Bedfishing bluegills can be ridiculously easy. Find the right nesting colony and you can rack up big numbers of spawn-minded sunfish by drop-shotting, float rigging and simply dragging bait along bottom. However, to efficiently target the biggest, baddest bulls on the beds, there is another way.
Bluegills are hard-wired a lot like larger centrarchids, namely largemouth bass. When a nest raider threatens, they take it out. As a result, techniques that work for bass often work for bluegills, albeit on a somewhat smaller scale. And what works better than a fake raider that swims into the nest zone, hangs there menacingly and then swoops down to peck at the eggs like a real cradle robber?
Bass pro Frank Scalish has the action down to a science with his hair bluegill (see “Hair Raid,” March 2006). But you don’t have to be a fly tier to create a pint-size, easy-to-fish replica that will fool bull bluegills. You just need imagination and a handful of tiny hardbaits.
Finding bedding bluegills isn’t rocket science. When water temperatures reach the mid- to upper 60s, they gather in shallow water over firm-bottom areas to spawn.
Sometimes these spots are near the fast-warming, soft-bottom canals, bays and coves that drew the first waves of winter-weary sunfish shallow to feed.
Other times, you’ll find spawning ’gills on the main lake. I’ve found them on south sides of mid-lake islands, outside bays and tributaries, and along sun-drenched south-facing shorelines.
During the spawn, even fertile lakes are often clear enough for sight-fishing. And that’s how I like it. A good pair of polarized sunglasses makes it easy to spot the honeycombs of beds, and even key on individual fish. Often the biggest bulls lie at the deep end of the colony, though, and can be difficult or impossible to see. You have to fish ’em anyway.
Hardbaits, both slender and fat-bodied, are among my favorite weapons for catching visible and hard-to-see bedfish.
The benefits are you can cover water fairly fast compared to float fishing, drop-shotting or dragging live bait. And, from my experience, you tend to pick off the biggest bulls of the bunch.
If conditions are right, some baits work well right out of the box. Shallow, aggressive bluegills will hit baits like Rebel Crawfish or XCalibur Ghost Minnow. In a bit deeper water, fish divers like Rapala’s MFR-3 Fat Rap, Cotton Cordell’s Wee Shad, Bomber’s BO3F Fat A and the Lucky Craft Bevy Crank 45DR. Fast-sinking lures can be tough to fish, unless the ’gills are really worked up and will hit a relatively fast-moving presentation.
The key is having the bait run at or just above the level of the fish. Ticking bottom in the bed can be a deal closer, as can pausing a suspending lure above a nest. If the fish bristle but don’t bite, or you want to thoroughly work deeper beds, it’s time to tweak your baits.
The goal is to create a lure that swims slowly with a seductive wobble, then rests nose down and tail up at roughly a 45-degree angle or steeper. Floating baits like the Bomber BO3F Fat A and Rapala FO3 Original Floater are perfect, as are a number of buoyant, 1 1/2- to 2 1/2-inch shad-bodied and minnow-imitating hardbaits.
On many baits, removing the belly treble helps produce the optimum tail-up posture at rest. It can also help suspending lures and slow-sinkers like the F49 Rebel Holographic Minnow float perfectly. Belly hook removal also reduces the odds of fouling debris.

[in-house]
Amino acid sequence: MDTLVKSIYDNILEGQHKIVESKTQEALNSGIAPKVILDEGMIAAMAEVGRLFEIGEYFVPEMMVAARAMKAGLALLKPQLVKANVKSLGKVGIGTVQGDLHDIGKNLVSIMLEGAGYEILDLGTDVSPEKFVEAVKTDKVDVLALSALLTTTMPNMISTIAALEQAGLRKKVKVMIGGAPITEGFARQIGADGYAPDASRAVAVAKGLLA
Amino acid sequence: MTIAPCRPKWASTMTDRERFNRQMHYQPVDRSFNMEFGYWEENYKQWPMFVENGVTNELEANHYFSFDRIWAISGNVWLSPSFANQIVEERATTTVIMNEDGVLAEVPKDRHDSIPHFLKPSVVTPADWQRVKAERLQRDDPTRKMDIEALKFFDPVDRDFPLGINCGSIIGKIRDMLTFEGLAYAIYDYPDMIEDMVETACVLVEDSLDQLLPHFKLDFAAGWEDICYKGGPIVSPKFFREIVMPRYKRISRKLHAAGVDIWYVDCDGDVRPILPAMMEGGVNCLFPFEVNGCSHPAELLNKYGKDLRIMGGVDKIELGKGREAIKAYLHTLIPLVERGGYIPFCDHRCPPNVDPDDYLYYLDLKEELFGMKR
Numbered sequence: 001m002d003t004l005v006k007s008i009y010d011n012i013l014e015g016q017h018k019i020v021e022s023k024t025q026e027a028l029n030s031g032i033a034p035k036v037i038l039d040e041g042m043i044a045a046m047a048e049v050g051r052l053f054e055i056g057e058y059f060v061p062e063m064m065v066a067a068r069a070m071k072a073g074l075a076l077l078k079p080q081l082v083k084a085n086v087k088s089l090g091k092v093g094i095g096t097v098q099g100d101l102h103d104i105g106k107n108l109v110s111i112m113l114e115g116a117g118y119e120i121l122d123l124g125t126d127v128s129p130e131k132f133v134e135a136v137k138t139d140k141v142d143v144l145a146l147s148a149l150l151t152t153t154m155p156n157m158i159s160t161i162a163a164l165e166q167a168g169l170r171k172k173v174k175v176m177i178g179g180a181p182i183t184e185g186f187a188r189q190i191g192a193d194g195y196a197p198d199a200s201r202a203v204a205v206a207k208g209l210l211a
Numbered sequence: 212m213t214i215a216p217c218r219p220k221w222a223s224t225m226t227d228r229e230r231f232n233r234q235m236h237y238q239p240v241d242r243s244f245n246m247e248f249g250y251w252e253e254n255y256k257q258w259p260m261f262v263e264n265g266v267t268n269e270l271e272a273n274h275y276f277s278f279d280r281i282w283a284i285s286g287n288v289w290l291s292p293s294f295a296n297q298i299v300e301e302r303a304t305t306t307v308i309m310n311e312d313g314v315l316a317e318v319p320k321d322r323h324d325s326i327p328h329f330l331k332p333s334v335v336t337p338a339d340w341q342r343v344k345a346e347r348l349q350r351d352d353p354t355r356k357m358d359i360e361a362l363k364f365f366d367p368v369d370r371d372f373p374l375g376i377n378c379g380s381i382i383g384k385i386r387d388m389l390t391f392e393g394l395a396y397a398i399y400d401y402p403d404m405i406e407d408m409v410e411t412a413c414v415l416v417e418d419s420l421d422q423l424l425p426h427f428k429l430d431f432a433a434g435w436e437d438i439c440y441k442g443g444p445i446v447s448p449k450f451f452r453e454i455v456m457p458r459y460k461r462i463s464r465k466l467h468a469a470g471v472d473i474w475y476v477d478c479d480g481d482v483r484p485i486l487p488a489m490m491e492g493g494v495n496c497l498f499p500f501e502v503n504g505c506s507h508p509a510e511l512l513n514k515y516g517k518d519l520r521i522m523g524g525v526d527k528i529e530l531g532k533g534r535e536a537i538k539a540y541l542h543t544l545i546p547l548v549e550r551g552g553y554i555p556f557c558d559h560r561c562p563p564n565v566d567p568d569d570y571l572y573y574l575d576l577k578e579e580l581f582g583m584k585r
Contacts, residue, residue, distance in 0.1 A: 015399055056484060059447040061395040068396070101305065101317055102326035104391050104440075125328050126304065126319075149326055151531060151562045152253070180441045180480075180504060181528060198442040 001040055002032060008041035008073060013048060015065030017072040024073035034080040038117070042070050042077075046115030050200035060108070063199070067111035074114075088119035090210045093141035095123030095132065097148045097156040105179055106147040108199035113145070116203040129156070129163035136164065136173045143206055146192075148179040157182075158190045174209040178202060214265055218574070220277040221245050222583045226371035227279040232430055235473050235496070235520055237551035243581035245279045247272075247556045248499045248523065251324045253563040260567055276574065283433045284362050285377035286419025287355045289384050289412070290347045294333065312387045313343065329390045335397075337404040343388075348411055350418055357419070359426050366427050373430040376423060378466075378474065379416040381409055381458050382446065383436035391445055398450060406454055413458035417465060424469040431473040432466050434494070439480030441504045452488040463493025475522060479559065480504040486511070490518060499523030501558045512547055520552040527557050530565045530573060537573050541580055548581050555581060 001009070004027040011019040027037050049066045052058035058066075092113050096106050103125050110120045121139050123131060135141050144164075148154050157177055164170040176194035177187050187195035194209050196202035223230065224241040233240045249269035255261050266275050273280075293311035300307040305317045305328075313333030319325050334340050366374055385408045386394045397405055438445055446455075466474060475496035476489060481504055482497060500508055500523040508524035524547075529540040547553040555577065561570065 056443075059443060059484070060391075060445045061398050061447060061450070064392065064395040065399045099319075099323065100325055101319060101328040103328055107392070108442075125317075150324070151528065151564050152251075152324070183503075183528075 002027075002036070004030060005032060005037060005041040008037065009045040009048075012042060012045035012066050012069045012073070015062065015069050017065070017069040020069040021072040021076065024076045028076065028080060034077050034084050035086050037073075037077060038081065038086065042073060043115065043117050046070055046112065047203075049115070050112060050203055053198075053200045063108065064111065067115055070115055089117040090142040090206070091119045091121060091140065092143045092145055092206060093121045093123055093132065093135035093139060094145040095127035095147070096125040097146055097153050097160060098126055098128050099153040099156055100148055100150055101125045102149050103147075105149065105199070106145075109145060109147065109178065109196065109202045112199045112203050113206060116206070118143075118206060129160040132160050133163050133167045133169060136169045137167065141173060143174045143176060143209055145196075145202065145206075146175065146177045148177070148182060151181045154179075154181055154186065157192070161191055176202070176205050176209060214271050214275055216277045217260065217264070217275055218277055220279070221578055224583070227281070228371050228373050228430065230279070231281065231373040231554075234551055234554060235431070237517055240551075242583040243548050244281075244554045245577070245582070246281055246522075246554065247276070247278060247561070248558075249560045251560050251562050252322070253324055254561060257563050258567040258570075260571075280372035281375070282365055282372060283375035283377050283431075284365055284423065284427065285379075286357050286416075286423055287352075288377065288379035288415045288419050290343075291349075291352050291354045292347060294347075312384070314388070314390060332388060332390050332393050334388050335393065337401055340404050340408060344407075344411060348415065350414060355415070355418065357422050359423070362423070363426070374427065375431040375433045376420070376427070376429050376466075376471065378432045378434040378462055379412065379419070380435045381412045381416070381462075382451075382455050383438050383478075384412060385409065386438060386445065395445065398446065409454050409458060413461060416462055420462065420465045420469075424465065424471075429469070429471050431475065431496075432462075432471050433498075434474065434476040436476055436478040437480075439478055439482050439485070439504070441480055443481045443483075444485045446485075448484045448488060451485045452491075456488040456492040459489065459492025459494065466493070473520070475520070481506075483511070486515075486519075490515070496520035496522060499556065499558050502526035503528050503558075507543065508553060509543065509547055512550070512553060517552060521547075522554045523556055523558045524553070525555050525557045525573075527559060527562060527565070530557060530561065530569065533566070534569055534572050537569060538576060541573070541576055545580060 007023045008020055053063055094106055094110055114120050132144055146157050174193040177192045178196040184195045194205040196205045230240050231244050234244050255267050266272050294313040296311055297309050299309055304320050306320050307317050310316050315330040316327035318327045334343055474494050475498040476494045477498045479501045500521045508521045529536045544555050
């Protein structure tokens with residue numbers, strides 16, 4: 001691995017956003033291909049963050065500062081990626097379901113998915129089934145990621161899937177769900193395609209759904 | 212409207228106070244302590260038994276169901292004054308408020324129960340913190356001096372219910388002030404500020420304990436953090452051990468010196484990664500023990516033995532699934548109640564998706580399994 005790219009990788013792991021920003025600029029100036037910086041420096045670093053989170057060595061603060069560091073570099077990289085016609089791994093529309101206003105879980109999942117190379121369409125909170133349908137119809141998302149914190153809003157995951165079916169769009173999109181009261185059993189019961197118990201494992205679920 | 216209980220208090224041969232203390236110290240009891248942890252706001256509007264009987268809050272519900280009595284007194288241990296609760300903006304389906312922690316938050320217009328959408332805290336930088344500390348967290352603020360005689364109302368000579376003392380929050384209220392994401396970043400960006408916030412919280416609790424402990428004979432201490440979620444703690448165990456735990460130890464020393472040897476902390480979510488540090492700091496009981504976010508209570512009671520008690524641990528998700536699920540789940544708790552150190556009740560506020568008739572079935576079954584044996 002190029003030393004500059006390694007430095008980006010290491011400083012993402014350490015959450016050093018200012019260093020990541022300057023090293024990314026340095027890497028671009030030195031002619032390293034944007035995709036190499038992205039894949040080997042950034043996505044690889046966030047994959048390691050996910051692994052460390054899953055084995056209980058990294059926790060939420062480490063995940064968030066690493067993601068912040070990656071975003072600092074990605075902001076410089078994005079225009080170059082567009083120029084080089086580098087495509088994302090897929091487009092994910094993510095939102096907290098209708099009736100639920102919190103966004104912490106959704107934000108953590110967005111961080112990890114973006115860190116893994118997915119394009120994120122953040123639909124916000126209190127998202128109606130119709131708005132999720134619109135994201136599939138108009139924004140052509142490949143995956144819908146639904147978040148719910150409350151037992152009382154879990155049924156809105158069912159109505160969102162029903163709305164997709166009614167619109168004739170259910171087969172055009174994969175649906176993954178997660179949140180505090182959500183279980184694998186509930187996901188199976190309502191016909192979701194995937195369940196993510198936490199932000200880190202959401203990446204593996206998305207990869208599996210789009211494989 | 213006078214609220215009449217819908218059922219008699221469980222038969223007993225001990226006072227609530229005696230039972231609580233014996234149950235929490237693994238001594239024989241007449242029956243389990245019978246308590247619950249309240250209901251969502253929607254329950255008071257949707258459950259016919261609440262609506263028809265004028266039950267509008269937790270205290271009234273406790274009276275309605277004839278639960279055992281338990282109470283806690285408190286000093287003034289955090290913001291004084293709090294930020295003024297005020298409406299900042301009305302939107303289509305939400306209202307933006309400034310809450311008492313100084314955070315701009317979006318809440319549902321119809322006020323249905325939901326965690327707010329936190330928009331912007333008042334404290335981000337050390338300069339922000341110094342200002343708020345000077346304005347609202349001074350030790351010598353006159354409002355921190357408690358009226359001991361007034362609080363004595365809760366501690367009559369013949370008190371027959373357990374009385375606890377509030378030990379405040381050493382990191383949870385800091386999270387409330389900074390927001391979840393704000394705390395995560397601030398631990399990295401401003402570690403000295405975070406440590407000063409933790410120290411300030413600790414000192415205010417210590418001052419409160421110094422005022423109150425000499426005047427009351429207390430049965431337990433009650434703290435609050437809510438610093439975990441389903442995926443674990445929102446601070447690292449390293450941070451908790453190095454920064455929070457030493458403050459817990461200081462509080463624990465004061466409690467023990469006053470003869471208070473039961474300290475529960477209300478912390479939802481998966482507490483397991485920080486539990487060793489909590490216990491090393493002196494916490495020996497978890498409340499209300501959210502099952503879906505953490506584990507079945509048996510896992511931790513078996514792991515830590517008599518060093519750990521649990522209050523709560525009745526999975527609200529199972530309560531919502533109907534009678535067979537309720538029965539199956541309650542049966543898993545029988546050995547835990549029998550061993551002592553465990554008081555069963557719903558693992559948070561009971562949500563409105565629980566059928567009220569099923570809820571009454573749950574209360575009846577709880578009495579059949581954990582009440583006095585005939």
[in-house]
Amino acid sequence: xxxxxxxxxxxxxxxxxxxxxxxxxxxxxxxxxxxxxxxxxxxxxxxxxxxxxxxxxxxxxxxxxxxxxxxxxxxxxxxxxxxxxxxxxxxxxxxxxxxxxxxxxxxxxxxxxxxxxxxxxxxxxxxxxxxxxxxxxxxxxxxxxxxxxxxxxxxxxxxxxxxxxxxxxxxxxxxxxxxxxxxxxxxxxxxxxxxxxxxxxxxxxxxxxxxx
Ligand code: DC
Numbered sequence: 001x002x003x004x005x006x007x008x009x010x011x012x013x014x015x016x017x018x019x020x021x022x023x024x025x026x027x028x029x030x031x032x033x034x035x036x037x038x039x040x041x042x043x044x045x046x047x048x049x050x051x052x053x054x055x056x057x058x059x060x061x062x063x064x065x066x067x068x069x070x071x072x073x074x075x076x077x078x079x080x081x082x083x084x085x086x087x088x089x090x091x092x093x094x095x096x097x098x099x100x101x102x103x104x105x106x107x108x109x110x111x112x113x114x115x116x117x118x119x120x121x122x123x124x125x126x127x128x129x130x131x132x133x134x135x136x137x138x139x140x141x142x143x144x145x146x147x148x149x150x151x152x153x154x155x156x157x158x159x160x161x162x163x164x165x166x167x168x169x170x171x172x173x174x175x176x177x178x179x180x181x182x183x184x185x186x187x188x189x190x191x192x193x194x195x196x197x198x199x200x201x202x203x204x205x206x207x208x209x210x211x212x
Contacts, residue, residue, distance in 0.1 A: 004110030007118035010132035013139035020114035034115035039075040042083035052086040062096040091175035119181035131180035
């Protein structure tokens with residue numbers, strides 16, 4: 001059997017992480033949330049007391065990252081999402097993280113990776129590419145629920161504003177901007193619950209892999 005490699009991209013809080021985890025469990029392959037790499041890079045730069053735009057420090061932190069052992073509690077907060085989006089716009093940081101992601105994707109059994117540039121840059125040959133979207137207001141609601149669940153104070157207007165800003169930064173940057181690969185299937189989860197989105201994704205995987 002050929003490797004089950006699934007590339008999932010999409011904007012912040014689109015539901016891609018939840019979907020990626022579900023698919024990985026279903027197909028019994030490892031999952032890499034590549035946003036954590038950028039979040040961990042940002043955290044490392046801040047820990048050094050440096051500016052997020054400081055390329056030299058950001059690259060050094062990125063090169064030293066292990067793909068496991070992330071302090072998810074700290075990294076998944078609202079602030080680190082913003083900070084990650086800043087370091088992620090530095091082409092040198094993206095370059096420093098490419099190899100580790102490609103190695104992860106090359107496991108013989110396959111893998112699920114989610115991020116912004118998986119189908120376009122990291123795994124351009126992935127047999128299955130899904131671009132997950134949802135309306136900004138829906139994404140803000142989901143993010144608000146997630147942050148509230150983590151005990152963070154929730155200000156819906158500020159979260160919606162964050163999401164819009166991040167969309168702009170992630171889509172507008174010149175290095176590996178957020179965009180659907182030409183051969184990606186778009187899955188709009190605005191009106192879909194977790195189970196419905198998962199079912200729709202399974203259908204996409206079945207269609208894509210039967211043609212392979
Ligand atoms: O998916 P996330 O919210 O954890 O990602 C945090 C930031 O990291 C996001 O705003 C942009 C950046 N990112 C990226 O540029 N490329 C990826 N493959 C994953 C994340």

Weighting is the next step, and while you can tinker with lead wraps, strips and dots, the simplest method is pegging a tiny bullet sinker ahead of the lure to create a miniature Carolina cranking rig. Pinching on a small shot also works, but it will pick up more junk.
Sinkers from 1/64- to 1/16-ounce are usually big enough. I like Bullet Weights’ painted bullet sinkers in 1/16- to 1/64-ounce sizes. Distance from weight to bait depends how high you want the lure off bottom; for finicky fish, lower can be better.
The final touch is adding a small plastic or live bait to the treble. I prefer a 1/2-inch chunk of angleworm or ’crawler on the top-facing barb. When the bait comes to rest, the wriggling worm mimics a baitfish’s fanning tail and draws vicious strikes. Similar-size bits of the tail section of a plastic curlytail are also good.
Using an ultra-light spinning outfit spooled with 4- to 6-pound test mono, cast the rig beyond the beds you want to fish and swim it into the honeycombs. Sometimes a slow, straight retrieve works best, but often, it pays to pause and twitch the lure on the edge of and just inside the nest. Even skittish fish that flare from the initial entry may return to peck at the intruder’s tail.
To fish beds that you can’t see, let the rig descend to bottom at the outer edge of visible nests, then work it along bottom in a similar matter, experimenting with pauses, twitches and retrieve speed. The same approach works for shallow beds in turbid water. In this case, watch for swirls on the surface to indicate bedding activity, and use hard-thumping, high-visibility baits with rattles. Con-versely, natural patterns are often the ticket in clear conditions.
One final note. Using hardbaits to target the biggest of bulls is extremely effective, and research has shown that removing too many mature, male bluegills can really hurt a fishery. To protect the resource, limit your harvest to a modest meal, or better yet, practice catch and release. While you’re at it, enter the NAFC’s Catch and Release Contest for a shot at great prizes and serious bragging rights.